Choi returned to the hospital, but he wasn't the only one with something to prove.
On Chicago Med Season 7 Episode 7, he had trouble passing a test involving a fake patient and a chest tube, but when Will needed him in a pinch, he got that tube in.
Meanwhile, the drugs she was taking might have augmented Vanessa's anxiety, but either way, she was lucky that all the tests she was running turned out to have a purpose.
Choi's return was one of the most highly anticipated of the season, but I had to laugh at Maggie's reaction.
Maggie: Why is everyone standing around?
Choi: Hey Mags. Long time, no see.
She tried to get another doctor in the room with Vanessa, only to find everyone standing around like they had nothing to do. That was hardly professional or appropriate!
And when Choi almost immediately went off for tests with Archer, alarm bells began ringing in my head.
Archer has been taking over for Choi as head of the ED, much to the entire staff's chagrin.
Choi is a far more popular ED head, even if he and Will have butted heads, and April used to get annoyed with his tendency to put his nose into patients' personal lives.
And Archer doesn't have much of a moral code. Surprisingly, he apologized to Choi for his potential role in the shooting!
But seriously, it's not beyond the realm of possibility for Archer to grade Choi harshly so that Archer can hold onto his position of power for a while longer.
Choi did fine when he had to intubate a patient for real, even if he was almost as nervous as JD on Scrubs Season 1 Episode 1.
He's more than proven himself now, and I'm wondering how much longer he'll accept being sidelined before he begins demanding his old job back.
Archer isn't going to give up the ED head position without a fight -- will these two old friends end up at each other's throats?
Meanwhile, the Cooper/Will stuff took a tragic turn.
Cooper's second-guessing himself and guilt over Eleanor's death added an extra dimension to his character and made it less clear whether he's involved in anything shady.
Cooper: Sober doctors are harder to manipulate. Companies like VAS-COM want to make sure you don't get a sudden case of medical ethics.
Will: Do you feel you've been morally compromised?
Cooper: How else do you get the crab legs?
He might have taken that cocaine partially out of guilt and partially out of fear that Will was onto him -- after all, Will was asking a ton of uncomfortable questions.
He's going to be all right, physically, which means Goodwin will have a ton of OTHER questions for him that he might not want to answer.
But if I were her, I wouldn't have discussed it with Will in front of Cooper. Yes, he's unconscious, but coma patients can sometimes hear what's happening around them, especially on medical dramas.
Maybe it's offbase, but I had this feeling that Will and Sharon's conversation was going to come back to bite them.
At least Chicago Med is a bit more realistic than Days of Our Lives, so we won't have to worry about the doctors not realizing that Cooper faked being in a coma. But still.
Also, since Med established that Cooper's father-in-law is an influential board member who vetoed Sharon's ban of the VAS-COM machine, I wonder what his response will be to this whole mess and whether he'll blame Will or Sharon for his son-in-law's condition.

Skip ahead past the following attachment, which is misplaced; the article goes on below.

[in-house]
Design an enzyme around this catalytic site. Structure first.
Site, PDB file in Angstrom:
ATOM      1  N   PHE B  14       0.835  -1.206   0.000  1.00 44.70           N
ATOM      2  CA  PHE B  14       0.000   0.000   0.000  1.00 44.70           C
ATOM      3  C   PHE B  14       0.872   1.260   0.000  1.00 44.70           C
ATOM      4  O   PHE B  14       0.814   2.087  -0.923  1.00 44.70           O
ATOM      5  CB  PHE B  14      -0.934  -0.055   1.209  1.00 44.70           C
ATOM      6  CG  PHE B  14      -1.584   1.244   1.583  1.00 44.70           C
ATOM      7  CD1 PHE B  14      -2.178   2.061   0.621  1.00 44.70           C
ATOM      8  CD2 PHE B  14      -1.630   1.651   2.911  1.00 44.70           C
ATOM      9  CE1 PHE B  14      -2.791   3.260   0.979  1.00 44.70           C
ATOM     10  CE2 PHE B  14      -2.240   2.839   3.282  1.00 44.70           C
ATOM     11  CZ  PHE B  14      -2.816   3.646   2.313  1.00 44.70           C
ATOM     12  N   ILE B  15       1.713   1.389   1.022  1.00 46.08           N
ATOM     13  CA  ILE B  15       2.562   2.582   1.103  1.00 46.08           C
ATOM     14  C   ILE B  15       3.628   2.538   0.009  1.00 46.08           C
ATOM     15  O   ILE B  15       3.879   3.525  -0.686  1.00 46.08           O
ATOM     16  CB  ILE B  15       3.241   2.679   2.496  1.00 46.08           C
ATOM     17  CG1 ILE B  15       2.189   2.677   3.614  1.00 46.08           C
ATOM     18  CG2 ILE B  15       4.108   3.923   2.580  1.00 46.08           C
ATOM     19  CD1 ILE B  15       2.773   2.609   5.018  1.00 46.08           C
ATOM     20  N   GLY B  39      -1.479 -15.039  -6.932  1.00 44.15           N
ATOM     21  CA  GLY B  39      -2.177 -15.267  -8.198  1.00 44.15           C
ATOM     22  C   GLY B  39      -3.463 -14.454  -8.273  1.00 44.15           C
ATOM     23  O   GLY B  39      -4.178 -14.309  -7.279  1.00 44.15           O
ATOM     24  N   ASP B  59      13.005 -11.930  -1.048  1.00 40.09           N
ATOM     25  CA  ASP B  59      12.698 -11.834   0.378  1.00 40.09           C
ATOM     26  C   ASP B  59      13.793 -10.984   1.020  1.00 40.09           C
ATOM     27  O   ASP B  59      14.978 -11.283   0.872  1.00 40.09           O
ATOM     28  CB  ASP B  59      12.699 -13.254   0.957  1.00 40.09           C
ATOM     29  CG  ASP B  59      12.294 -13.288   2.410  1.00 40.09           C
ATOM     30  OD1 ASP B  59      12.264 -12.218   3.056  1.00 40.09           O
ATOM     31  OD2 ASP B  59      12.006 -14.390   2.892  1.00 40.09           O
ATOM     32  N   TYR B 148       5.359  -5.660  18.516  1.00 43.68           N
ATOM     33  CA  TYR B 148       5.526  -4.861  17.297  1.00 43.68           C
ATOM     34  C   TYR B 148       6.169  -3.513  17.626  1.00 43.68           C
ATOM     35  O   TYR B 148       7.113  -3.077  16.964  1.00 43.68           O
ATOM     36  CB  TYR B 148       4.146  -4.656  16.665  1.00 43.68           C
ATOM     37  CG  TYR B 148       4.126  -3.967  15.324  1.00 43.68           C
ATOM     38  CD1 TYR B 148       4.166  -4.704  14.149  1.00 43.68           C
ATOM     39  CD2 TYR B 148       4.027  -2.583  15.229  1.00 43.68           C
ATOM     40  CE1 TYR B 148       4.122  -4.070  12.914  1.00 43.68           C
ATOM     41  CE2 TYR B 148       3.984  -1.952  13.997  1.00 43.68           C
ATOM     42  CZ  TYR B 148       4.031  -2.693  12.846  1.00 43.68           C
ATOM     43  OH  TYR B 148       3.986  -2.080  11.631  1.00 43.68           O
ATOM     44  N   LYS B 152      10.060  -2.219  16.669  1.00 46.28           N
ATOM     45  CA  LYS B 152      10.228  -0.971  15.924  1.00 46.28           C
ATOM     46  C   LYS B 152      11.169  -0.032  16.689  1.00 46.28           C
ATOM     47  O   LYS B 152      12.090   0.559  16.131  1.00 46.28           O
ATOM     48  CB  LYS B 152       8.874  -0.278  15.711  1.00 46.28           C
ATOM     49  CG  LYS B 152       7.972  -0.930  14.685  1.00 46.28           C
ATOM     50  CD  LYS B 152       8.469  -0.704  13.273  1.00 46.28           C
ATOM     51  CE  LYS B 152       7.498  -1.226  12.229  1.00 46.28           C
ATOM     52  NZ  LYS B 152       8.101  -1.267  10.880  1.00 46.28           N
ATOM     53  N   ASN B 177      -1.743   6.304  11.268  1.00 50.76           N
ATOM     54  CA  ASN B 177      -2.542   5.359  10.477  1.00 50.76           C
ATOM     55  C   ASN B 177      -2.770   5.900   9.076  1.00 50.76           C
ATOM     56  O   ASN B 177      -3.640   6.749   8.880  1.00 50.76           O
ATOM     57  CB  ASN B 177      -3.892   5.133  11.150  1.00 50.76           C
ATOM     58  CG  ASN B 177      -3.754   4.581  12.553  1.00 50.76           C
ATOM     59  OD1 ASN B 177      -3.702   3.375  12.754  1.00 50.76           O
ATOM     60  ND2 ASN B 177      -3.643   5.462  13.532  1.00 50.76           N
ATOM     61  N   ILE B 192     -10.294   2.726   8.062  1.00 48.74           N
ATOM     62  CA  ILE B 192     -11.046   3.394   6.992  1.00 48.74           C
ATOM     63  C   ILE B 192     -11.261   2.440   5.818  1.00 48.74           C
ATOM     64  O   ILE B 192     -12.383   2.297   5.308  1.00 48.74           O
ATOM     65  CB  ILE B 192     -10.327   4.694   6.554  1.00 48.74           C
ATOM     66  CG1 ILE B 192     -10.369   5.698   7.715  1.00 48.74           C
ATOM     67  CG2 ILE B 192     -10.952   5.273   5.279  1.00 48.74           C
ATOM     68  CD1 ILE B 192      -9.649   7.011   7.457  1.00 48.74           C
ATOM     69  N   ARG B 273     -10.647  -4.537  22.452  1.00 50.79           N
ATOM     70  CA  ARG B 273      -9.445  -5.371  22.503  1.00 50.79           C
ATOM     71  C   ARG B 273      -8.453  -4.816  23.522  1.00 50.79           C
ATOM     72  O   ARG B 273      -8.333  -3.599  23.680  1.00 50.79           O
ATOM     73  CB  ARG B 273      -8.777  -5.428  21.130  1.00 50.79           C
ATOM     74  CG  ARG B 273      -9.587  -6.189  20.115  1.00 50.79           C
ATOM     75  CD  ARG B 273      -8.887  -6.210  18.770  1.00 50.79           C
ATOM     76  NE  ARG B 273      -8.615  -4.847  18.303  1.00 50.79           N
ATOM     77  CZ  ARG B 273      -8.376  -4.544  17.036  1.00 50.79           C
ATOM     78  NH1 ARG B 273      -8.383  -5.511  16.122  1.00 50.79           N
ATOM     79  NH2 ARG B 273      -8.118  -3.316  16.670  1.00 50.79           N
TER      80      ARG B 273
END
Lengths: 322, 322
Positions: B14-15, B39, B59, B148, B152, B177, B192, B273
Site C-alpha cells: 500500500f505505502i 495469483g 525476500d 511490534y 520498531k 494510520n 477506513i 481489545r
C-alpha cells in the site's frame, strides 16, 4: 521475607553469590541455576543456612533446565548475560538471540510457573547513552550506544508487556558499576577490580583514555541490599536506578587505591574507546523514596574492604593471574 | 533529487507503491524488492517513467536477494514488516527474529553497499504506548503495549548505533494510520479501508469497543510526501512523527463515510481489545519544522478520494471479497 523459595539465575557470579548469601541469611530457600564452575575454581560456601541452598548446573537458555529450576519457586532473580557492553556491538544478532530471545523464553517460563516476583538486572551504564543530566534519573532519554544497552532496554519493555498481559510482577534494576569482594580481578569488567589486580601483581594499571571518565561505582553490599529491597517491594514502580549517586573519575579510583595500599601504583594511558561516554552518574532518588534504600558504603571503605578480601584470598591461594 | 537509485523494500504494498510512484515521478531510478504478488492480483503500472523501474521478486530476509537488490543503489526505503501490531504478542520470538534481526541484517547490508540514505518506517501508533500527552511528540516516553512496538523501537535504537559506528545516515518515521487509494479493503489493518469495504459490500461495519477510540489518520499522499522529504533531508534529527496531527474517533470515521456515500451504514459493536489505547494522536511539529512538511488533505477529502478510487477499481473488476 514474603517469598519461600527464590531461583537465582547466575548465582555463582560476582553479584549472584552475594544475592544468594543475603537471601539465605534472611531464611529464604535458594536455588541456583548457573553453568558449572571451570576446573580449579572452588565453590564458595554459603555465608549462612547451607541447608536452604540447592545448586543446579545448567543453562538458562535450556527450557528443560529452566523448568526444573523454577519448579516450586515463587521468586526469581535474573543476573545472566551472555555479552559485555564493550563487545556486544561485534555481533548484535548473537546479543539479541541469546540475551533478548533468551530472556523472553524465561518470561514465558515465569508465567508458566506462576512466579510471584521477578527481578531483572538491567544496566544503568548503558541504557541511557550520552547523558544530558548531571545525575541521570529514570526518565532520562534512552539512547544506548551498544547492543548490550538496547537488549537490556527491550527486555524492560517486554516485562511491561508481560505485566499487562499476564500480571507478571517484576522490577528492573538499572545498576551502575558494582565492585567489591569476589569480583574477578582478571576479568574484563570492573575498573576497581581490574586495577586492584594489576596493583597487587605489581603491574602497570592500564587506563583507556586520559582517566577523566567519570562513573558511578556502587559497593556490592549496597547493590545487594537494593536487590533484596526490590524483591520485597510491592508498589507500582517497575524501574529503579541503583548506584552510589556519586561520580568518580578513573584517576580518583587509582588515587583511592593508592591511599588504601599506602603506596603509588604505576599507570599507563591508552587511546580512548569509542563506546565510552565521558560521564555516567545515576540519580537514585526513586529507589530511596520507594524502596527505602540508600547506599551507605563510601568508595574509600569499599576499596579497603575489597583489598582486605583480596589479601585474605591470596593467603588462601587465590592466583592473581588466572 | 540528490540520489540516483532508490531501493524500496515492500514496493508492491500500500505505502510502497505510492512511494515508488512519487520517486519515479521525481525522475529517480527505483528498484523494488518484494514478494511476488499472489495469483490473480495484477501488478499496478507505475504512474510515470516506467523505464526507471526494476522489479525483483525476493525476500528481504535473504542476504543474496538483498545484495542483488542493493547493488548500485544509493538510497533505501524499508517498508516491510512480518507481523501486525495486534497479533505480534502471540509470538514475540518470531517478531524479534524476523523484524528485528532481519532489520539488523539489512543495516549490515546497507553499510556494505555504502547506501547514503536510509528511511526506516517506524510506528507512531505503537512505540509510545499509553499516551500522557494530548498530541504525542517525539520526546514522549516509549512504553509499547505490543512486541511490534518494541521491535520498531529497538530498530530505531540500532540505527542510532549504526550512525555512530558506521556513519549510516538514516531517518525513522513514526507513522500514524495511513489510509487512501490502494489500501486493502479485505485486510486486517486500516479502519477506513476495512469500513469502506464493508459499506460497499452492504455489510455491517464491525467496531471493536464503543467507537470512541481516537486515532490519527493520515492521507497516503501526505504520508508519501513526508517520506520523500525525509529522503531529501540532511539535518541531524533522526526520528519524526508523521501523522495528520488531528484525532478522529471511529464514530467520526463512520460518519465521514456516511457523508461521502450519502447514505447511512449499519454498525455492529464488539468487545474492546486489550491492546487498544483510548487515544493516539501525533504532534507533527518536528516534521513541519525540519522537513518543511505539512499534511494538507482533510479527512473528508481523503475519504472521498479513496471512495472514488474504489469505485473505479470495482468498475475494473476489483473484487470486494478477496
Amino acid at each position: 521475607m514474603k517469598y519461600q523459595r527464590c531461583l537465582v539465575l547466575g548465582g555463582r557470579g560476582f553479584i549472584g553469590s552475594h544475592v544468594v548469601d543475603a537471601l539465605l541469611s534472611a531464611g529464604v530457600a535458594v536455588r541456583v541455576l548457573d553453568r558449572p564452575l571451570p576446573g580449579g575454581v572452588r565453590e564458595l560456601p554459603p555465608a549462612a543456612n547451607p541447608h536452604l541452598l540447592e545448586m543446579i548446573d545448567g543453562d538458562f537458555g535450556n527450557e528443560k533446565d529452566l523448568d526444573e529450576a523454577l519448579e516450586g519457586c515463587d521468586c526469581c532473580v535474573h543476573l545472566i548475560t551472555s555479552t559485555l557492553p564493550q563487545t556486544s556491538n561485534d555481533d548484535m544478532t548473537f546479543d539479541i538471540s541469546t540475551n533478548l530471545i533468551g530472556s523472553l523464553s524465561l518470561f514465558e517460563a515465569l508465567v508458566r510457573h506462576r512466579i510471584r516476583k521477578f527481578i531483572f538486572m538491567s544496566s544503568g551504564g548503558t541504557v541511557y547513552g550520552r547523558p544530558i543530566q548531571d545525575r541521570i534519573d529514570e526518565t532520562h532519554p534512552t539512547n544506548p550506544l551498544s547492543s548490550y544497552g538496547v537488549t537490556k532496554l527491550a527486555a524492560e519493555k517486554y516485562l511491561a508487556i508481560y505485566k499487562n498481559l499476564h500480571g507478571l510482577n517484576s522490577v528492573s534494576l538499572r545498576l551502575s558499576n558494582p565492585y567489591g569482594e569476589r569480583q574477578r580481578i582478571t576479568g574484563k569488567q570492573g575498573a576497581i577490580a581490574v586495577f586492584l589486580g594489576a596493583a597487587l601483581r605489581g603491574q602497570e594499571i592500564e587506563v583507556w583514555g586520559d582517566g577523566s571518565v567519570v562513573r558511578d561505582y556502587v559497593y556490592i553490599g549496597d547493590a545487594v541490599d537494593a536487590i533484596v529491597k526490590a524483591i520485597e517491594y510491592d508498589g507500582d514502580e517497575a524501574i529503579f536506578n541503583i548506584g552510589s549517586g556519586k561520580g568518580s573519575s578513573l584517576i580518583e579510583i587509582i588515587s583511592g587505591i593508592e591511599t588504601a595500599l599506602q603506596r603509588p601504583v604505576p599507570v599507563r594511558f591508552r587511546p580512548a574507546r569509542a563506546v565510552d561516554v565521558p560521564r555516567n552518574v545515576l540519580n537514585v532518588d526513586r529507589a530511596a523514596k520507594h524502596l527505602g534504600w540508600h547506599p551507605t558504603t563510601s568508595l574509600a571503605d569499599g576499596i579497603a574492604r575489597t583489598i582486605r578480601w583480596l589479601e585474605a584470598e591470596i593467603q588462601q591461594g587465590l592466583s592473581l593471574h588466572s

Elsewhere, Marcel had the opportunity to prove himself to Blake, and he passed that test with flying colors.
The fascinating thing about their dynamic is that Blake seems to like it when Marcel stands up to her, while Marcel feels this need to apologize every time he does.
I don't know where that came from. Marcel didn't seem to be adverse to standing up to people in power before he crossed paths with Blake.
Either way, I'm glad he turned Avery down, at least for now. Marcel has enough problems without not only dating a patient but dating a patient whose mother is both overcontrolling and in a position of power at the hospital!
Stevie and Vanessa competed for the most annoying character of the hour.
While Stevie turned out to be correct, Scott and Abrams' concerns weren't misplaced. She was potentially giving false hope to a 15-year-old who was already tying his mental health to his father's ability to recover.
I feel like the 15-year-old I was fighting for today was me. I was EJ's age when I started taking care of my mom.Stevie
Stevie needs to get help for the issues surrounding her relationship with her mother. They impact all of her decisions, both professionally and personally, and she's never clearheaded.
Offering patients unauthorized tests to prove Abrams wrong was bad enough, but confessing to Terri that she'd had the van towed was stupid.
Stevie knows her mother is volatile. If she was going to make this confession, she should have done it in front of Charles or another psychiatrist so that a professional could mitigate Terri's responses.
Stevie had to have known that her mother might turn violent if she found out about this. Did she really expect Terri to be understanding?
As for Vanessa, she based her insecurities about Dr. Charles' opinion of her on absolutely nothing.
Those pills she's taking to stay awake might be making her paranoid, but still.
Her constant insecurity and desire to prove herself are annoying, and her drug abuse was evident. She was talking a mile a minute and coming up with ideas for diagnoses that sounded more like someone in the throes of a manic episode than a doctor making a well-reasoned argument.
She needs to know about Cooper's collapse ASAP. She might think his drug-related issues have nothing to do with her, but at least there's a chance she'd get a wake-up call out of it.
From the trailer for Chicago Med Season 7 Episode 8, it looks like Vanessa might be the next one to collapse from drug use, though, so any warning she gets about it will likely come too late.
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Chicago Med airs on NBC on Wednesdays at 8 PM EST/PST.